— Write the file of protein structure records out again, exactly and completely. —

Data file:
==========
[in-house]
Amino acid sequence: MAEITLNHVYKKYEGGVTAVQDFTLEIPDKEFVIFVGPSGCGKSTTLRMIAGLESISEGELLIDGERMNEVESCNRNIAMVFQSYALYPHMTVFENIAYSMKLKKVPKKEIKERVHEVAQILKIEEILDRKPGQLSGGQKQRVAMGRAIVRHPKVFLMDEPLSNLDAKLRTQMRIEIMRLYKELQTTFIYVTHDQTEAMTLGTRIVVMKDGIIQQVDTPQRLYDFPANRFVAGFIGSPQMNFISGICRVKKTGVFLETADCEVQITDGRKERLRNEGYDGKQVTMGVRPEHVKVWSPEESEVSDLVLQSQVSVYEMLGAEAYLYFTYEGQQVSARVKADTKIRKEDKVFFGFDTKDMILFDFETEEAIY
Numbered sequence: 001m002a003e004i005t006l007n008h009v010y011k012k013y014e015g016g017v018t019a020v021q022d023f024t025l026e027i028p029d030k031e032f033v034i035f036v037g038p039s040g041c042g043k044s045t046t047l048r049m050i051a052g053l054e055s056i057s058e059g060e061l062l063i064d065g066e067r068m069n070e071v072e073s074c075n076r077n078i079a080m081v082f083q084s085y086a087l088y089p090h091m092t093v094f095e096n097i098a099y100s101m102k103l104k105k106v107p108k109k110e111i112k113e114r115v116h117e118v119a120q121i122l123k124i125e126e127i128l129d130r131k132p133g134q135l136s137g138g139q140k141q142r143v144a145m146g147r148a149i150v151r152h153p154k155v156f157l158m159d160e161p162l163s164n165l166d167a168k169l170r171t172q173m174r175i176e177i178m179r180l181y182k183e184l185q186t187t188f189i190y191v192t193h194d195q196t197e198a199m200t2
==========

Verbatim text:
[in-house]
Amino acid sequence: MAEITLNHVYKKYEGGVTAVQDFTLEIPDKEFVIFVGPSGCGKSTTLRMIAGLESISEGELLIDGERMNEVESCNRNIAMVFQSYALYPHMTVFENIAYSMKLKKVPKKEIKERVHEVAQILKIEEILDRKPGQLSGGQKQRVAMGRAIVRHPKVFLMDEPLSNLDAKLRTQMRIEIMRLYKELQTTFIYVTHDQTEAMTLGTRIVVMKDGIIQQVDTPQRLYDFPANRFVAGFIGSPQMNFISGICRVKKTGVFLETADCEVQITDGRKERLRNEGYDGKQVTMGVRPEHVKVWSPEESEVSDLVLQSQVSVYEMLGAEAYLYFTYEGQQVSARVKADTKIRKEDKVFFGFDTKDMILFDFETEEAIY
Numbered sequence: 001m002a003e004i005t006l007n008h009v010y011k012k013y014e015g016g017v018t019a020v021q022d023f024t025l026e027i028p029d030k031e032f033v034i035f036v037g038p039s040g041c042g043k044s045t046t047l048r049m050i051a052g053l054e055s056i057s058e059g060e061l062l063i064d065g066e067r068m069n070e071v072e073s074c075n076r077n078i079a080m081v082f083q084s085y086a087l088y089p090h091m092t093v094f095e096n097i098a099y100s101m102k103l104k105k106v107p108k109k110e111i112k113e114r115v116h117e118v119a120q121i122l123k124i125e126e127i128l129d130r131k132p133g134q135l136s137g138g139q140k141q142r143v144a145m146g147r148a149i150v151r152h153p154k155v156f157l158m159d160e161p162l163s164n165l166d167a168k169l170r171t172q173m174r175i176e177i178m179r180l181y182k183e184l185q186t187t188f189i190y191v192t193h194d195q196t197e198a199m200t2